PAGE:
At a time when labor unions are weak, Catholics still have a place in the labor movement, said a priest who emphasized the Church’s historic efforts to teach the rights of labor and train workers to organize.
“On the local and state level, Catholics are a major part of the labor movement. They took to heart our Catholic social teaching, and tried to implement it in their workplace,” Father Sinclair Oubre, the spiritual moderator of the Catholic Labor Network, told CNA.
However, he said, there is sometimes a disconnect between Catholics and support for organized labor.
“Like in so many areas of our faith, the heresy of radical individualism, a lack of knowledge about why unions were formed, and a general ignorance of what options workers have, have led to many Catholics to either not realize that the Church has favored workers’ associations, or that the Church even has a teaching that has to do with the workplace.”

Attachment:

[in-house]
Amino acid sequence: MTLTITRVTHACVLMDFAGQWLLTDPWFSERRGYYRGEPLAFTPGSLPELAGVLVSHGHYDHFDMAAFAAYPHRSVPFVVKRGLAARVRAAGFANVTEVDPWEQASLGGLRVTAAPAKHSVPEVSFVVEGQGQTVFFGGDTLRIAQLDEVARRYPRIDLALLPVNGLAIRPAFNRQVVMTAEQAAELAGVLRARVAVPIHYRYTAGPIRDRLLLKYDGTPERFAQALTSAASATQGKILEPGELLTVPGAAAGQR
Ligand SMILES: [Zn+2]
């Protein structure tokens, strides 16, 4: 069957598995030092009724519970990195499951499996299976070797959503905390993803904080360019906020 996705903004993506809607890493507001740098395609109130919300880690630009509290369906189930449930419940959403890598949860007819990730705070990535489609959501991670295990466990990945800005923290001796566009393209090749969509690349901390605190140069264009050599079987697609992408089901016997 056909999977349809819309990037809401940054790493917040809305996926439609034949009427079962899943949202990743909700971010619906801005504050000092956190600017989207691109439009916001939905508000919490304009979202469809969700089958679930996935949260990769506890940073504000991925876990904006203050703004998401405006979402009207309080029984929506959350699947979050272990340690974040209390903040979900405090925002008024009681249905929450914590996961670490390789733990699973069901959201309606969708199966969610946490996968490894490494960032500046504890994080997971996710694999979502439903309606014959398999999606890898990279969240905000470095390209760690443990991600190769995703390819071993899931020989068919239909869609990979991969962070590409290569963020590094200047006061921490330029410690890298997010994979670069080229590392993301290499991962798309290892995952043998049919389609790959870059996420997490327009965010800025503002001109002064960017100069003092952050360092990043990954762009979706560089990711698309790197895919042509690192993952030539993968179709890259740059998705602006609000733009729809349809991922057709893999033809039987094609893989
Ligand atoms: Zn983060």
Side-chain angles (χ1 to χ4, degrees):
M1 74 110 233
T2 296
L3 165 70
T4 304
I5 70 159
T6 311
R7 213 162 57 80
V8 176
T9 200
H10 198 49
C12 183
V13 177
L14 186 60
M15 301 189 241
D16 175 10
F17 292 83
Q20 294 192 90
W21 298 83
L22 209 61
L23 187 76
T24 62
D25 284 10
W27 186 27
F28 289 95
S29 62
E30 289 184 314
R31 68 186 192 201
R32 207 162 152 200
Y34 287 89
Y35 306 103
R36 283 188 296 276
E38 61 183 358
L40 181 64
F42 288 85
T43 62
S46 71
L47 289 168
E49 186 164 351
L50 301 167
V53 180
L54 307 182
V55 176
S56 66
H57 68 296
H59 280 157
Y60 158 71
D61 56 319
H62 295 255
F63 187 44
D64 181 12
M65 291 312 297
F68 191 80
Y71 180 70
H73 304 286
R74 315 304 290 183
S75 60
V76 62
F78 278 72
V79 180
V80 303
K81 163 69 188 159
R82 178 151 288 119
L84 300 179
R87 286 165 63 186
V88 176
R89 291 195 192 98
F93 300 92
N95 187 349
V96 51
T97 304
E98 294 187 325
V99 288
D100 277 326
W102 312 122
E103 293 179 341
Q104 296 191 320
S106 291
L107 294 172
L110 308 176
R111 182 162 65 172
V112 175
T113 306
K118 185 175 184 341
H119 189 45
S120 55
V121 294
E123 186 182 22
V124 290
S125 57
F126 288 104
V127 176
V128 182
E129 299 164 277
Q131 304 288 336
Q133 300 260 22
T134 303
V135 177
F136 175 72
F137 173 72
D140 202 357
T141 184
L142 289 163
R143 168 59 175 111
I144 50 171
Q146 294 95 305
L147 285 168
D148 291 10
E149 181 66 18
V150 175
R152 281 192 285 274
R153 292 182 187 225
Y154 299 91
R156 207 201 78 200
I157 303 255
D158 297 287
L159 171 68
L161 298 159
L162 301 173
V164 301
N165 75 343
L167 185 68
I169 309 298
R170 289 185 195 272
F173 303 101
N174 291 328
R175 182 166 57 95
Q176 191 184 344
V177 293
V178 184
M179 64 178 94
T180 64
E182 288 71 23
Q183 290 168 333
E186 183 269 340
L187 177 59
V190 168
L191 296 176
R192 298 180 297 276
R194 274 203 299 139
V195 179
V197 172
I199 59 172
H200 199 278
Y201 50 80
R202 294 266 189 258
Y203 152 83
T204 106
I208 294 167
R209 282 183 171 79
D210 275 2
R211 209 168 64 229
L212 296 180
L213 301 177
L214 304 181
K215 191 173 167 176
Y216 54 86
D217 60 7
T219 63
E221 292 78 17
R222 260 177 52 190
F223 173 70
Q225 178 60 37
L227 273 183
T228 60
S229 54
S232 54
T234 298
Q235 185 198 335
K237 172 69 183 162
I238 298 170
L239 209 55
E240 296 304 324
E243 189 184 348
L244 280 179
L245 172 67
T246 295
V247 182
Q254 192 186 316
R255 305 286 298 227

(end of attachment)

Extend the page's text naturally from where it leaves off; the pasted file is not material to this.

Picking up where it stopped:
Union membership peaked at 28% of the American workforce in 1954. According to 2017 figures, about 34% of public sector employees are unionized, but under 7% of private-sector employees are, CBS Moneywatch reports.
Unions continue to enjoy strong approval in the U.S., with 62% of respondents telling a recent Gallup survey they support organized labor.
But union support among some Catholics has waned, in part due to labor unions’ political support for legal abortion and pro-abortion rights political candidates, among other issues.
For Fr. Oubre, this shows the need for more faithful Catholics to join a union, not withdraw.
“The fact that many of the cultural war issues have been embraced by labor unions is a concern to me,” he said. “However, the Church and Labor have been here before.”
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